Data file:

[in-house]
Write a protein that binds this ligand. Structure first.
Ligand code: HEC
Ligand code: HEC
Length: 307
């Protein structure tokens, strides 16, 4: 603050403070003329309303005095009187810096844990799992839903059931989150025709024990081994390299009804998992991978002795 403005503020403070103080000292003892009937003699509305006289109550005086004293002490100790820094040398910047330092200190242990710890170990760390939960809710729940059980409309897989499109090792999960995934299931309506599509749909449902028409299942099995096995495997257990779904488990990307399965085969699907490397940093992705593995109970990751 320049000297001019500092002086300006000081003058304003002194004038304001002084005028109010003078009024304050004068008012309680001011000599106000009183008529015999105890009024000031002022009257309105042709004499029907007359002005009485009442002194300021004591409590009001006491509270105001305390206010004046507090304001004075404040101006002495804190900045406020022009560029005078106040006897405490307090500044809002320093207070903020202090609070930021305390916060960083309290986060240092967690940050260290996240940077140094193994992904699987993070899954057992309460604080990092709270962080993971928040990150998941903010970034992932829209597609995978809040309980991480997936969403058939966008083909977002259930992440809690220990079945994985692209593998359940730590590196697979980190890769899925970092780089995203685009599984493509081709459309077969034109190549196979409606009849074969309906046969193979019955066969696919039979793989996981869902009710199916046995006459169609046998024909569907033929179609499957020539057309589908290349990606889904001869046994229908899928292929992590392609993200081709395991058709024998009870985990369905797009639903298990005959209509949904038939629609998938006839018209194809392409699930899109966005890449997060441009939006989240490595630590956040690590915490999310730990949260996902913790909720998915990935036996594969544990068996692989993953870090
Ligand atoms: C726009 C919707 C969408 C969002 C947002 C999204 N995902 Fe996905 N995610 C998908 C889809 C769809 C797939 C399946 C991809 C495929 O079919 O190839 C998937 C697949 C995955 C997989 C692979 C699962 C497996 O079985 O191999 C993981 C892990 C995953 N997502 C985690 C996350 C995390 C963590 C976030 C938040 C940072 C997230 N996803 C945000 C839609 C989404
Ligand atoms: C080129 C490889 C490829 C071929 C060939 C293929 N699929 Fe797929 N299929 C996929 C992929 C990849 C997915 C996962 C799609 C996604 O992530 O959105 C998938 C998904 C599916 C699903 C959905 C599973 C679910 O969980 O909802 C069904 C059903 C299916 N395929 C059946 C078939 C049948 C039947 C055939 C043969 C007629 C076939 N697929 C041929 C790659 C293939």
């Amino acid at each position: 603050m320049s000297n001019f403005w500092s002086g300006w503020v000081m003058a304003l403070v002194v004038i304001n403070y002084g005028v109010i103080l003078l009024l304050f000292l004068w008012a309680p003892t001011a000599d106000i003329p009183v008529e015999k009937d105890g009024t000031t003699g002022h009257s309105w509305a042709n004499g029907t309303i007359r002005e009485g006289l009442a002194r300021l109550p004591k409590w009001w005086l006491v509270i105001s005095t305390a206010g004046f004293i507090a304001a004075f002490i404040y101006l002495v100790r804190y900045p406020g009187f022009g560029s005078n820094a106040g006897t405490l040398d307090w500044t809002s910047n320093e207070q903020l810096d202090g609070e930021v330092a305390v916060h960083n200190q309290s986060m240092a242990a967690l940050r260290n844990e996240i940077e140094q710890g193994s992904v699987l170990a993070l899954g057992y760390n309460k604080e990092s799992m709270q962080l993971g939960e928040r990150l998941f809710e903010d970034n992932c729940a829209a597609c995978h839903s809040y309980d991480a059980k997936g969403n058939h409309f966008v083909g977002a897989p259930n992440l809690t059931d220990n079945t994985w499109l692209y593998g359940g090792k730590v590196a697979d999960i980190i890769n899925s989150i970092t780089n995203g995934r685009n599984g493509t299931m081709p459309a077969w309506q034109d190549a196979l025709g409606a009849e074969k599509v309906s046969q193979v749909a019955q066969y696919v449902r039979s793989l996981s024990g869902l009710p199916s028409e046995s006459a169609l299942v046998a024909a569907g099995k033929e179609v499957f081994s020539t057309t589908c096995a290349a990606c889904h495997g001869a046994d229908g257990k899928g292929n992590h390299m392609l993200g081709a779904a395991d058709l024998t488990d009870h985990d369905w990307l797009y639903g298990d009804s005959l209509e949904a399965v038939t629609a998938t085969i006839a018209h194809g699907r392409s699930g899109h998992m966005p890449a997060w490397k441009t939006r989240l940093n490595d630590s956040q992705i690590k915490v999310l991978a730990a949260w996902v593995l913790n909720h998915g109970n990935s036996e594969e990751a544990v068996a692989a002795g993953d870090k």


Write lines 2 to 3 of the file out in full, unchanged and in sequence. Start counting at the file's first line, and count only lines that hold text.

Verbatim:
Write a protein that binds this ligand. Structure first.
Ligand code: HEC